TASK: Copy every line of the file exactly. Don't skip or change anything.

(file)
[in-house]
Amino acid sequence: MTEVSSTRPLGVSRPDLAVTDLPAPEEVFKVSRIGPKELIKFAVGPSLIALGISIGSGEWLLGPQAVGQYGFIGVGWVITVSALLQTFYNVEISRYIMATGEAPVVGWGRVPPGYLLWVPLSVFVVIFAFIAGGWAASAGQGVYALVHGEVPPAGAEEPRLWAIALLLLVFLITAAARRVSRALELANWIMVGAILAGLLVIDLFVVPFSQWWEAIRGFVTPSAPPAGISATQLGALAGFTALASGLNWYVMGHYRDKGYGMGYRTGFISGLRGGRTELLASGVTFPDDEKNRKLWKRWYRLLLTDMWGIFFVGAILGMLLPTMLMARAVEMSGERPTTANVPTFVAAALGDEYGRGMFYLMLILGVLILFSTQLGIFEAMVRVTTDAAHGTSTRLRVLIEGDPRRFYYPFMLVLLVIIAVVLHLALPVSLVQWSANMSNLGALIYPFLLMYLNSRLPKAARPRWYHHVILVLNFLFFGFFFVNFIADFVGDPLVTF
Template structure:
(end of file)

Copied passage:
[in-house]
Amino acid sequence: MTEVSSTRPLGVSRPDLAVTDLPAPEEVFKVSRIGPKELIKFAVGPSLIALGISIGSGEWLLGPQAVGQYGFIGVGWVITVSALLQTFYNVEISRYIMATGEAPVVGWGRVPPGYLLWVPLSVFVVIFAFIAGGWAASAGQGVYALVHGEVPPAGAEEPRLWAIALLLLVFLITAAARRVSRALELANWIMVGAILAGLLVIDLFVVPFSQWWEAIRGFVTPSAPPAGISATQLGALAGFTALASGLNWYVMGHYRDKGYGMGYRTGFISGLRGGRTELLASGVTFPDDEKNRKLWKRWYRLLLTDMWGIFFVGAILGMLLPTMLMARAVEMSGERPTTANVPTFVAAALGDEYGRGMFYLMLILGVLILFSTQLGIFEAMVRVTTDAAHGTSTRLRVLIEGDPRRFYYPFMLVLLVIIAVVLHLALPVSLVQWSANMSNLGALIYPFLLMYLNSRLPKAARPRWYHHVILVLNFLFFGFFFVNFIADFVGDPLVTF
Template structure: